GM to pay off government debt. Will it be Ed's Lido moment?

Posted by: David Welch on April 20, 2010

Ed Whitacre.jpg


GM CEO Ed Whitacre is scheduled to be at the company’s Fairfax, Kan., plant tomorrow to announce that his company has paid the debt portion of the government’s assistance back early. Sources briefed on his plan say that he will announce that GM has paid the remaining $5.8 billion back to the U.S. Treasury Department and Canada and Ontario governments by the time he addresses the press at the plant. It’s a big step, but don’t expect a Lee Iacocca moment.

Back in 1983, Chrysler paid off a $1.5 billion rescue loan—which was backed by the U.S. government—and the company settled the account early. Iacocca made the most of the moment, saying, “We at Chrysler borrow money the old-fashioned way. We pay it back.” That was vintage Lido. He never missed an opportunity to make a sales pitch or take over a room with his personality.

GM’s situation is different. Paying off its government debt early is, no doubt, an impressive feat. But GM’s can’t declare a big victory yet. The government invested about $50 billion in GM. The loan portion from the U.S. and Canada was $8.4 billion. The rest of the investment came in equity. That’s why the U.S. owns 61% of GM. The taxpayers will only get all of their money back once GM launches an initial public stock offering and if the Feds can eventually sell the stock at a price fat enough to recoup the rest of the investment. Whether that happens depends on many factors, like GM’s progress in fixing its woeful European business, how fast the economy and car sales improve and—not to be discounted—fuel prices. If gasoline prices soar, sales of profitable SUVs can take a hit. Crude oil prices are up 81% during the past year.

There’s another reason this won’t be a Iacocca moment. Whitacre is no Iacocca. He was an unqualified success at AT&T and has gotten traction at GM. He is certainly a CEO with some chops. But he is also a man of few words. Whitacre may have starred in GM’s ads, but he does not ham it up for the cameras the way Iacocca did. Besides Bob Lutz, what car executive really does? A source close to Whitacre says his message will be that the loans are paid back in full, with interest and ahead of schedule. That’s Whitacre’s style. Short, to the point and without a lot of ballyhoo. Besides, he can’t go Lido until delivers big profits and a doll of a stock offering.

Reader Comments

Jerdawge

April 20, 2010 6:56 PM

IT's another Mad Hatter moment. The government plunks down 50 Billion, and paying back 5 Billion is considered repayment? I'm sure BHO will crow till the cows come home about how this "wise investment" has been justified by GM's payment. Hello? There is a difference of 45 Billion dollars, no matter what you call it. It is Government Motors, and it will continue to cost the taxpayer billions in retirement cost because GM never could face reality and negotiate on the basis of reality.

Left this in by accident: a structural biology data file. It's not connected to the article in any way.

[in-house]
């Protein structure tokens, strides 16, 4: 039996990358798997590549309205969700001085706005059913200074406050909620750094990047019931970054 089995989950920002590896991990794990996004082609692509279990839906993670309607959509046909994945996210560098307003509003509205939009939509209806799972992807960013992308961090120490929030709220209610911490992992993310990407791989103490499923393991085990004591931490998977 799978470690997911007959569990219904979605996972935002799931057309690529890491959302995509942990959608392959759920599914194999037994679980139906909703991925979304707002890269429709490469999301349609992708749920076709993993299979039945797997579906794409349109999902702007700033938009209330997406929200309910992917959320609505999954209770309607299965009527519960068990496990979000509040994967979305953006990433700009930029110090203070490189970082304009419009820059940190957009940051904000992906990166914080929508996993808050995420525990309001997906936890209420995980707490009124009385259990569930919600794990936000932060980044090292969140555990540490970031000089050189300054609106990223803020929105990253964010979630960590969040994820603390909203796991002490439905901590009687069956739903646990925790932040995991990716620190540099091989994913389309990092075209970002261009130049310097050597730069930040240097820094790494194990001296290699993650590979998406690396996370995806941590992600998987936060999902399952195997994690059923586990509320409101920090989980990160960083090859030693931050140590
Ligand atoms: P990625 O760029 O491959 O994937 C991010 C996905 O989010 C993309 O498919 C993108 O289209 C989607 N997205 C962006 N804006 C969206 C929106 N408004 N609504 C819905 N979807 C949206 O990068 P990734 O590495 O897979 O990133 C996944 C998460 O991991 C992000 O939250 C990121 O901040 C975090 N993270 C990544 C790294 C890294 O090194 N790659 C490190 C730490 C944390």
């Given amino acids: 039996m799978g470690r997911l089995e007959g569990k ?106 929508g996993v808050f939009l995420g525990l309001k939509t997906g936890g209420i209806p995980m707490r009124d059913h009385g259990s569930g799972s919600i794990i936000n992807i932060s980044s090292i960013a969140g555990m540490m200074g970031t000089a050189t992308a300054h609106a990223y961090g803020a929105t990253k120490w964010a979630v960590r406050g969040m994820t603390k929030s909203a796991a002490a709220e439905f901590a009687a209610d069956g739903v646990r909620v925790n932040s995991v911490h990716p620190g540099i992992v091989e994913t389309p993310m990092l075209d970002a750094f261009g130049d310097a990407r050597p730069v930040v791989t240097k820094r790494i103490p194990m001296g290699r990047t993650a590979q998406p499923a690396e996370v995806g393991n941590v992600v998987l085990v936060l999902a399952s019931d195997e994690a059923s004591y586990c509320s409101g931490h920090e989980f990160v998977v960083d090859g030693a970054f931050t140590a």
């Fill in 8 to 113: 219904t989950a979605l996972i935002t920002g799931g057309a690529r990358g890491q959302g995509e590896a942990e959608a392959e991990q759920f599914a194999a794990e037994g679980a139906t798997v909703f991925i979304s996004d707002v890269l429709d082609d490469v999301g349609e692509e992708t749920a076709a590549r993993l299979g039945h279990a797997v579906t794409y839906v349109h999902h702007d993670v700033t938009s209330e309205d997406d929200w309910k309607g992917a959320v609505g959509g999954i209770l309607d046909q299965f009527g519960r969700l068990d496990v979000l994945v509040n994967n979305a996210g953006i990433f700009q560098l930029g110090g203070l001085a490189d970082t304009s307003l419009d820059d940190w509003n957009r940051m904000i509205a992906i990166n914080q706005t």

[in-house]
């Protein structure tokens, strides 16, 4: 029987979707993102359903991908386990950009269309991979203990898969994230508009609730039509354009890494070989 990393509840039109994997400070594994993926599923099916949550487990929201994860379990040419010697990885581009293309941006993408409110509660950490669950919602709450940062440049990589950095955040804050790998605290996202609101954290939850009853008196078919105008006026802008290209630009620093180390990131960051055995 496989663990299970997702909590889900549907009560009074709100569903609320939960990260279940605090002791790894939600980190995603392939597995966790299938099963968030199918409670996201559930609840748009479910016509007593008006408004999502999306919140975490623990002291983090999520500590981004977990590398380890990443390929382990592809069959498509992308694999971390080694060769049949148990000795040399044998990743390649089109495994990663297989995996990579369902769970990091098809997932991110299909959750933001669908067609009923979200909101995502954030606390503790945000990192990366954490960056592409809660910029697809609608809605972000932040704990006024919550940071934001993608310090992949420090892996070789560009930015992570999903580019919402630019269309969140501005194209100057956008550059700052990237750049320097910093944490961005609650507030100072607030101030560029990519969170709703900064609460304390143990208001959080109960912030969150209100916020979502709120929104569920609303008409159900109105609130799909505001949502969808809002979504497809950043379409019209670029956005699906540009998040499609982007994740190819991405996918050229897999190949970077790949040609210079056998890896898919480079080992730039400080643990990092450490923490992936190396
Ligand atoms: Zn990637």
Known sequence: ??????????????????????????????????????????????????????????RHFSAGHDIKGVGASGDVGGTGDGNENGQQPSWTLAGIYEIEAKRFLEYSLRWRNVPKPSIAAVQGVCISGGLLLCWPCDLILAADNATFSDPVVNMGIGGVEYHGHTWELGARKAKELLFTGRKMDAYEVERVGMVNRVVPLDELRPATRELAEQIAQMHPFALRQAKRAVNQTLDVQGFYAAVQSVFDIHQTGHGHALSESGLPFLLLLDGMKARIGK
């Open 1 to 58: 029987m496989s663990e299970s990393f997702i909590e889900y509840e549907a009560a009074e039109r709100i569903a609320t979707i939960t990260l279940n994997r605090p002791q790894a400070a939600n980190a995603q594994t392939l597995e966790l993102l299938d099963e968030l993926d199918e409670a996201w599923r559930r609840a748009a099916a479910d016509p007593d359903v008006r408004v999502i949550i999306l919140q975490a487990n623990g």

P. Williams

April 21, 2010 8:48 AM

Actually, this is more like using one credit card to pay off another. GM is using some of the banked U.S. government money (~$13 B)to pay off this $5.8B loan. Better than burning more taxpayer cash but a long way from paying off the loan.

Schmeltz

April 21, 2010 9:35 AM

Well done GM. Paying a loan back in full, with interest, and ahead of schedule is a good thing, and Whitacre and his team should be commended. Some are critical of his low key style, but I think the substance is more important than the show anyhow. If GM continues with the good results, we'll all be better off.

FORD RULES

April 22, 2010 10:29 PM

DOWN WITH GM

Neiderheiser

April 23, 2010 1:30 PM

I have lost faith in my governemnt and GM. 50 billion on loan and 5.8 paid back? Basic math shows that its far from getting paid back. How does a company that's still posting a GIANT loss get cash to pay back the governemt? It's a money shuffle. Just moving it from one pocket to the other. And the incentives that GM offers comes right out of the taxpayers dollars. Is that really fair? No way.

Latto

April 24, 2010 6:10 AM

ED SAYS GM DEBT PAID BACK IN FULL WITH INTEREST ??? HEY, WHAT ABOUT THE OTHER 45.3 B. THAT GM STILL OWES THE GOVERNMENT ?????

Latto

April 24, 2010 6:10 AM

ED SAYS GM DEBT PAID BACK IN FULL WITH INTEREST ??? HEY, WHAT ABOUT THE OTHER 45.3 B. THAT GM STILL OWES THE GOVERNMENT ?????

jordanwho

April 25, 2010 4:39 PM

One reader recently wrote he lost faith in the goverment. Well to that reader, I have lost faith in people. It's funny how people forget a year and some months ago we were on the verge of a finacial meltdown... One handed over to the Goverment due to open checkbook syndrome for the last 8 years... the stockmarket was down from 14000 + to the 6500, trillions waisted, trillions spent... Now everyone is "Concerned" I say to those readers; you're "Hypocrites" take a look at the bounceback, take a look at honesty in the office and understand what propaganda is and how it's used... Sick of Super Hypocrites.....

richard

April 26, 2010 12:35 AM

Hey Schmeltz, P T Barnum conined the phrase about fooling some of the people most of the time.... I rest my case. I'm sure you're "blissful in you ignorance". The problem is I'm losing my hair living among folks like yorself.

Schmeltz

April 28, 2010 8:29 AM

Hi Richard. Sorry to hear about your hair.

Stweart J.

May 11, 2010 1:01 AM

I agree it's nothing to be too excited about yet, but it could certainly have been much worse. At least, GM is making an effort in times when certain CEOs are still cashing big bonuses on taxpayers' money.

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Want the straight scoop on the auto industry? Our man in Detroit David Welch, brings keen observations and provocative perspective on the auto business.

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